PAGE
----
A Kelowna man convicted of operating an international drug ring on the dark web has been denied an appeal of his prison sentence by B.C.’s highest court.
James Nelson was sentenced to 11 years in prison in July 2020, for trafficking fentanyl and carfentanil on the dark web — a section of the internet not accessible to most users without the use of special software. The dark web is home to virtual black markets that sell drugs and other illicit materials.
Nelson initially faced eight separate drug-related charges alongside his common-law partner, Cassie Bonthoux, but charges against her charges were dropped following Nelson’s guilty plea.
In a unanimously quashed appeal to that sentence, Nelson argued to a three-judge BC Court of Appeal panel that given his lack of a prior criminal record, a seven-year prison sentence would have been more appropriate.
The court ruled the sentencing judge gave ample weight to Nelson’s status as a first-time offender, opting for a sentence five years fewer than the 16 years proposed by the Crown.
Nelson — under the username Fattuesday_13 — knowingly sold potentially deadly drugs between July 2016 and August 2017, on AlphaBay, a dark web marketplace. He advertised his operation as “one of the premium Fentanyl vendors in Western Canada.”
Police investigation through two separate purchases of his product tied Nelson to the Fattuesday_13 username. Nelson later admitted his use of the username.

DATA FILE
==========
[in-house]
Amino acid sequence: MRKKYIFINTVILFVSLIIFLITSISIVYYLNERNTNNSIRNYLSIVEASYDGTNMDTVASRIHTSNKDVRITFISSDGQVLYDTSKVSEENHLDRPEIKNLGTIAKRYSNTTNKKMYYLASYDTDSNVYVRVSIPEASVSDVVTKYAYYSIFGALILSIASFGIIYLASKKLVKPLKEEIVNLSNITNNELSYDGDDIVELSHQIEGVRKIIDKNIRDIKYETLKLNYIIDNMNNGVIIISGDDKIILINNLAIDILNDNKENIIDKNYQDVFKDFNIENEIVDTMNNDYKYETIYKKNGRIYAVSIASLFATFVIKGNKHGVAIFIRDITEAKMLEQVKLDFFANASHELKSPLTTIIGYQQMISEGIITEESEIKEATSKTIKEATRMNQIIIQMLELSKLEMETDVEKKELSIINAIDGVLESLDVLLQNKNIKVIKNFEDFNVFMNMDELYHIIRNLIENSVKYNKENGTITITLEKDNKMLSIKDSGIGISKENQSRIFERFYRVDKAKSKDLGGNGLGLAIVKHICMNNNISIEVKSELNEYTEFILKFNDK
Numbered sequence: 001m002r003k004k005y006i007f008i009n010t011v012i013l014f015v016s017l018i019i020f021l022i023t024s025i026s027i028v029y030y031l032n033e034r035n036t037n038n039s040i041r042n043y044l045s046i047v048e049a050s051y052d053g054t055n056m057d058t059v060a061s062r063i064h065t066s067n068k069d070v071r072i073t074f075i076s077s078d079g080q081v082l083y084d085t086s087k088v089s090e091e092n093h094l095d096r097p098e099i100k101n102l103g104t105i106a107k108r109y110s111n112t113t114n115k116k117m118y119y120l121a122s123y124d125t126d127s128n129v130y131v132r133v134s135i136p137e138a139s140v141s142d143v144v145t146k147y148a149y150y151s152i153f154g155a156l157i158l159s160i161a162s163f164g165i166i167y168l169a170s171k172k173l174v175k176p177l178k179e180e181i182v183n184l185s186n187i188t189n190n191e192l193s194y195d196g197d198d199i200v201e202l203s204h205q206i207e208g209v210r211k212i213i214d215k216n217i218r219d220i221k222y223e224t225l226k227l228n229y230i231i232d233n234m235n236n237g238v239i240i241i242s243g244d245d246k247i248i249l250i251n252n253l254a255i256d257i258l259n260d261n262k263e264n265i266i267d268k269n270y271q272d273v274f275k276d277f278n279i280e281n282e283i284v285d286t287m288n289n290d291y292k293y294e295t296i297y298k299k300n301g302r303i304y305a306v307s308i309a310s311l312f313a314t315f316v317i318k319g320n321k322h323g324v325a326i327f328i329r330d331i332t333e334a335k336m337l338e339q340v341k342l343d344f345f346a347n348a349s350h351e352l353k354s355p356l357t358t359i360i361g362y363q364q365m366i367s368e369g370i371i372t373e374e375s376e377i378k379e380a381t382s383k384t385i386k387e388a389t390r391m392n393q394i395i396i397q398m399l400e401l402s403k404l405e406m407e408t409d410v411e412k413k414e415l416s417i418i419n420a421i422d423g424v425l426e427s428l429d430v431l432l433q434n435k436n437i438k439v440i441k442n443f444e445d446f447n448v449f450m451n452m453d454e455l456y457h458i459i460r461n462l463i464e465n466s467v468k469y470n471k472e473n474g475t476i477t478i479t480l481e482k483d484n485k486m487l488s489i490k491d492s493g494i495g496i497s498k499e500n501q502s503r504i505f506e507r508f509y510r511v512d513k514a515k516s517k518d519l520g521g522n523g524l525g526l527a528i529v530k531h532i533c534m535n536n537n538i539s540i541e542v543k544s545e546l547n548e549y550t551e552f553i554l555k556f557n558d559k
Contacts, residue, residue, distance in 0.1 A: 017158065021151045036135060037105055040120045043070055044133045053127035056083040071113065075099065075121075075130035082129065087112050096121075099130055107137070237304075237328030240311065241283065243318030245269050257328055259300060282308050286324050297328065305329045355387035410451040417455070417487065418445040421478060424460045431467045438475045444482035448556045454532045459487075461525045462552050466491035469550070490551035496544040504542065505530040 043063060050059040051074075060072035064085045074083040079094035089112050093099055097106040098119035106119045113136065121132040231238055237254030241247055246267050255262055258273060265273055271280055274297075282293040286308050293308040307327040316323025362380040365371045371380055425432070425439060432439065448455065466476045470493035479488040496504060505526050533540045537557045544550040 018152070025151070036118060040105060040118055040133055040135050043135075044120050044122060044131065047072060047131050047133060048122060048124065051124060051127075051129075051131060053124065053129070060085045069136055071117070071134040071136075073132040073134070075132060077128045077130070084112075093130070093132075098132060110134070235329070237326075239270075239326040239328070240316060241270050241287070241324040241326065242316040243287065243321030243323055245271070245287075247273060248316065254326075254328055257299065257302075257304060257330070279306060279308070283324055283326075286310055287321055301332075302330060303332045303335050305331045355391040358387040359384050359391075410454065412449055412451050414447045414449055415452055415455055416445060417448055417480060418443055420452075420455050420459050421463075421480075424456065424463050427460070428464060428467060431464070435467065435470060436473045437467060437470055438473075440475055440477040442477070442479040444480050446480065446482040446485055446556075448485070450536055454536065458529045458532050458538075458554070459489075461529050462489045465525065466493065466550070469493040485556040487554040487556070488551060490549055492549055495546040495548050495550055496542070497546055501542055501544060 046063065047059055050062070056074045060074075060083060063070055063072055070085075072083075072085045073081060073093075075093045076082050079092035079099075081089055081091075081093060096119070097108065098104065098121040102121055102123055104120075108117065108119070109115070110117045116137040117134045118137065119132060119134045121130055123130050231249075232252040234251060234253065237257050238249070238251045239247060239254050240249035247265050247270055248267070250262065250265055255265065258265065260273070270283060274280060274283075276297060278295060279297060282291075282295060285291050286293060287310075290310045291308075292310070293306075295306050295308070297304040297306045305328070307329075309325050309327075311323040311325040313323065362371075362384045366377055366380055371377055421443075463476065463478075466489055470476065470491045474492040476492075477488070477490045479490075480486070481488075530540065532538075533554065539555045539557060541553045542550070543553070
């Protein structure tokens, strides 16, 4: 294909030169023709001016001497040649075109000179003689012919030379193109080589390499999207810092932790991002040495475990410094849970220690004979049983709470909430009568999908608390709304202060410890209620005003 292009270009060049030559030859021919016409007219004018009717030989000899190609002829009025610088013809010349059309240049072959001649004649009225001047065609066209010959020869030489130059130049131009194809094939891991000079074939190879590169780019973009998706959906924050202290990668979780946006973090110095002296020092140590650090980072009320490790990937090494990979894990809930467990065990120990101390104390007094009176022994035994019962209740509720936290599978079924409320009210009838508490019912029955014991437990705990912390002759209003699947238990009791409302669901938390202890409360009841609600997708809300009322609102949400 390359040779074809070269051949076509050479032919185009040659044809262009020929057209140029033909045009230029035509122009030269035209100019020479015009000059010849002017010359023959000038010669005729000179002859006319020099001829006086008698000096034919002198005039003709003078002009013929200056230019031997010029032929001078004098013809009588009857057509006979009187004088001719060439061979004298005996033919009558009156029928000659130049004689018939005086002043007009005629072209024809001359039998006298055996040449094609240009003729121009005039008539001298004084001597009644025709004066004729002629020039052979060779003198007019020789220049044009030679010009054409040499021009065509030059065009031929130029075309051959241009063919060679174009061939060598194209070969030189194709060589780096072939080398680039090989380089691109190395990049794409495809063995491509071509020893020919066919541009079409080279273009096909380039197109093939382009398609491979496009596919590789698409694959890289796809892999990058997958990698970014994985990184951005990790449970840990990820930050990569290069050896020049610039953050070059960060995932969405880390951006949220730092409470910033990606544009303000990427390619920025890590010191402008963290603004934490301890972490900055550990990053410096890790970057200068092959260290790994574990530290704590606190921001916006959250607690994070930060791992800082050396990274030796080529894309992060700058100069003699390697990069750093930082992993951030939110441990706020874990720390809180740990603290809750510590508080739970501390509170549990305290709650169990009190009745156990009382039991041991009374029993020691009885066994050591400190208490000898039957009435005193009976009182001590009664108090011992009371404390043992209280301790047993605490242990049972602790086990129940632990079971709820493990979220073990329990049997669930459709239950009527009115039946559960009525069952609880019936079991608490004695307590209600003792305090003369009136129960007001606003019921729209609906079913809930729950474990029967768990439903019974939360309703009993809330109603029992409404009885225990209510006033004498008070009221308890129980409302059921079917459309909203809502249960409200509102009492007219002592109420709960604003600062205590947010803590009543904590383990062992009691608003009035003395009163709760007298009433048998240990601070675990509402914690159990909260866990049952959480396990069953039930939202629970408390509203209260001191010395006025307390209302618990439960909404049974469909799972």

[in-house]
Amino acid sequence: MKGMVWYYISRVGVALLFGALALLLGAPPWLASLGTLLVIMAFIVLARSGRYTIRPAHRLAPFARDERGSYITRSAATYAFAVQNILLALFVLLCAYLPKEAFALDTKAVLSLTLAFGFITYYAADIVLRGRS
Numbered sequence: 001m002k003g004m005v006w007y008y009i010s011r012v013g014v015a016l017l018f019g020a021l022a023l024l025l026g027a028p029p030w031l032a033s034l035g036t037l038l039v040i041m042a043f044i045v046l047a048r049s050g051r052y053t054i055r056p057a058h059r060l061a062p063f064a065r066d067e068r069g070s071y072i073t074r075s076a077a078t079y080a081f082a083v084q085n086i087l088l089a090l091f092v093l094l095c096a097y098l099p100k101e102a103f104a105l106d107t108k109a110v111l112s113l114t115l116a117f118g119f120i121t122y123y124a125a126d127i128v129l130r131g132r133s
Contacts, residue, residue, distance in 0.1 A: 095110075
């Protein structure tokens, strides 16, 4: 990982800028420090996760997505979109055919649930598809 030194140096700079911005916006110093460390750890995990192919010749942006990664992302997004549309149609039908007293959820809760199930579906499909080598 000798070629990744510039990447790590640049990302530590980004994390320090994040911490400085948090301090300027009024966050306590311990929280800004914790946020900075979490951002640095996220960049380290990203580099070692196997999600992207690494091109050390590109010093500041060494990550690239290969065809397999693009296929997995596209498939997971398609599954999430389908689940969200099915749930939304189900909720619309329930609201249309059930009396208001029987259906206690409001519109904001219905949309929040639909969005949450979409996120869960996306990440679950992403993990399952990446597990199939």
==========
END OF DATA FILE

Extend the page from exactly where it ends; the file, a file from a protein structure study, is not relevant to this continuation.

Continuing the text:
Search warrants executed at Nelson’s home and Bonthoux’s Kelowna business after their arrest in August 2017, found a plethora of evidence, including envelopes of drugs ready to be sent to a variety of international locations.
Police seized 102.91 grams of carfentanil, 97 Canada Post shipping receipts and more than 19 Bitcoin, then valued at more than $83,000 — now worth almost $240,000 — from Nelson’s home. At Bonthoux’s business, police also found and seized transaction records and other materials related to Nelson’s drug trafficking.
“The appellant presented himself to his community as a law-abiding, responsible and respectable citizen and father, whose common-law wife, the co-accused, operated a small business in downtown Kelowna,” Justice Patrice Abrioux wrote in the court’s decision.
Abrioux stated Nelson’s presented “veneer of respectability” obscured a man who trafficked substances he knew could be lethal while possessing knowledge of the deadly opioid epidemic in B.C., caused in part by the very same drugs he was selling.
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